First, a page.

“No-one ever said that the distributable reserves would need to be one number – any more than suggesting that undistributable items should be one number. The pertinent issue is that unrealised and realised profits can’t be mixed up or else the real numbers will be hidden in a second set of books” Tim Bush
And in December, the FRC told The Times newspaper: “There is no uncertainty. This has been confirmed by BIS, which is responsible for company law.” The BIS press office pounced on the statement: “This is the text of this morning’s Times article on the LAPFF letter to FTSE 350 chairmen. Note that the line from the FRC quoted at the end of the article was not cleared with us.”
In subsequent press statements, the FRC shifted to safer ground: “The FRC and the government have confirmed that the Companies Act 2006 does not require the separate disclosure of a figure for distributable profits.”
This change of tack has not gone unnoticed. Bush says he suspects that the FRC has constructed an entirely fictive dispute in order to wrong-foot critics. Again, the FRC has declined to comment.
Bush is much less reticent: “No-one ever said that the distributable reserves would need to be one number – any more than suggesting that undistributable items should be one number. The pertinent issue is that unrealised and realised profits can’t be mixed up or else the real numbers will be hidden in a second set of books.
“This is precisely the kind of word-game that the FRC played with its response to Bompas’ two opinions. The relevant issue is whether the accounts enable a determination of what is distributable or not based on the numbers as stated in the accounts. The FRC has created a non-question to deny any requirement for a single figure for distributable profits. But, that’s a red herring.”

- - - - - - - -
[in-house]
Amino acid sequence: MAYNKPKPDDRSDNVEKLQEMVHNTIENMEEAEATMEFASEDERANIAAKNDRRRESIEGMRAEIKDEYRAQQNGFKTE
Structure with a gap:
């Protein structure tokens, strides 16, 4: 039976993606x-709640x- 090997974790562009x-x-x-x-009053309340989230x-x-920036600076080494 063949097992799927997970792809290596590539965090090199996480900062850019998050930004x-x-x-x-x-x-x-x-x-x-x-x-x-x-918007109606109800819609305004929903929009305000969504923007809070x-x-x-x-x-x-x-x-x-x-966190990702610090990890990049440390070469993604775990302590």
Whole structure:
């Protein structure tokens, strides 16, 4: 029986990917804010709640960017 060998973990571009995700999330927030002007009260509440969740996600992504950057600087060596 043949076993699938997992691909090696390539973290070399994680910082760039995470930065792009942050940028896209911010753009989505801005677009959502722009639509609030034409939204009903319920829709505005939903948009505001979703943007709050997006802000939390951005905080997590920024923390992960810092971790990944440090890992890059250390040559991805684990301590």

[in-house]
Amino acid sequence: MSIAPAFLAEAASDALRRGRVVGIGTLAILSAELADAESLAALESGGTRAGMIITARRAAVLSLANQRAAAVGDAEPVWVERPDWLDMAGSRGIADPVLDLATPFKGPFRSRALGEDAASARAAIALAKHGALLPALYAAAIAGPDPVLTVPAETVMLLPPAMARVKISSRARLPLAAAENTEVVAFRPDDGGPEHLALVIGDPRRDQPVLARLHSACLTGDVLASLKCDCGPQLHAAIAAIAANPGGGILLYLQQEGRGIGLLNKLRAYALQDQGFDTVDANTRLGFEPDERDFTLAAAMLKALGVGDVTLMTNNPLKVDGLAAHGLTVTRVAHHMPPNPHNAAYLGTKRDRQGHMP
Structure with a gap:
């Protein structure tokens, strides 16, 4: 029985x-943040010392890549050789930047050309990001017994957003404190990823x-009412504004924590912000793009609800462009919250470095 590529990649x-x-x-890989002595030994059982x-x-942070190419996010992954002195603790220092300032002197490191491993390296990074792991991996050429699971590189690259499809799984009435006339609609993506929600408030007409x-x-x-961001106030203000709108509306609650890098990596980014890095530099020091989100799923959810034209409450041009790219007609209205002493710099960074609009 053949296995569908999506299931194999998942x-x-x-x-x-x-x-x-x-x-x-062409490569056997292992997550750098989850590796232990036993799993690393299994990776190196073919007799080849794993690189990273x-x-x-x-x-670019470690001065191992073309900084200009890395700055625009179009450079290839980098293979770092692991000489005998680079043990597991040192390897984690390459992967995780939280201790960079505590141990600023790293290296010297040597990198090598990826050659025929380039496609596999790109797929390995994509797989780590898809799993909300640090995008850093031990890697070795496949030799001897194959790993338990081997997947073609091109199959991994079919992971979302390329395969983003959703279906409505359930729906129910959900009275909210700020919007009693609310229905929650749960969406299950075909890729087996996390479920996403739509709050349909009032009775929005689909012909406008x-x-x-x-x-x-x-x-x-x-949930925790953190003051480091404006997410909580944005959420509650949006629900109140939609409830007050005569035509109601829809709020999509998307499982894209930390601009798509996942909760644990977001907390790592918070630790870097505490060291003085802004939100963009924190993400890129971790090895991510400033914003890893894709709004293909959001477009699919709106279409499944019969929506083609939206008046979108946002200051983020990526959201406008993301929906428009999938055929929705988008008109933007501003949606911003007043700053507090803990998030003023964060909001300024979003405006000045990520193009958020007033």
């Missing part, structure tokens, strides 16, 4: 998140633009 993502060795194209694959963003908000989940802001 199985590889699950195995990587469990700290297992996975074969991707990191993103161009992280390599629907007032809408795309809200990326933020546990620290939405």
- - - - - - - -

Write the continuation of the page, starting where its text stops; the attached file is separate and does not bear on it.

Prof Stella Fearnley, an accounting academic and IFRS sceptic, says the solution is simple: “We need some kind of SEC-type commission to investigate and re-think the regulatory structure for financial reporting and auditing for the UK Listing Authority and financial services. We also need to change the law to make it tough enough to deal with the problems that we know we have.
“At the moment, we have accounting and auditing under the FRC along with corporate governance. The FRC has now been recognised as a single competent authority by the EU. This doesn’t make a major difference in practical terms, although it will require them to do more audit inspections.
“Yet, this is a body that has let the UK down by failing to raise public objections to IFRS and not revealing what they know about the defective accounting model. No-one will convince me that what we saw in the run-up to the crisis was anything other than a bubble. But, who had the bottle to stand up and say something?”
Certainly, the picture that she paints as an insider in the run up to the 2008-09 financial crisis is unimpressive. Fearnley continues “What I cannot say is what the FRC’s audit inspection unit did or did not look at. Although I was a member of the Professional Oversight Board [POB], the inspection function was an aspect of the POB’s work that I had to disengage from because I had declared a number of conflicts of interest, one of which was my membership of the Institute of Chartered Accountants of England and Wales’s council.”
What is surprising about this state of affairs is Fearnley’s recollection that in 2004 the FRC maintained no conflicts register. Her disclosures, she says, were voluntary. Again, the FRC has not responded to this charge. She adds: “There were howls of protest from the audit firms that did not want details of inspections being made public at all. Equally, you can only inspect for and enforce what is there. We have ended up with a situation where we have buried ourselves in rules and box-ticking when the real question is whether the audit opinion was wrong and not whether all the boxes were ticked.”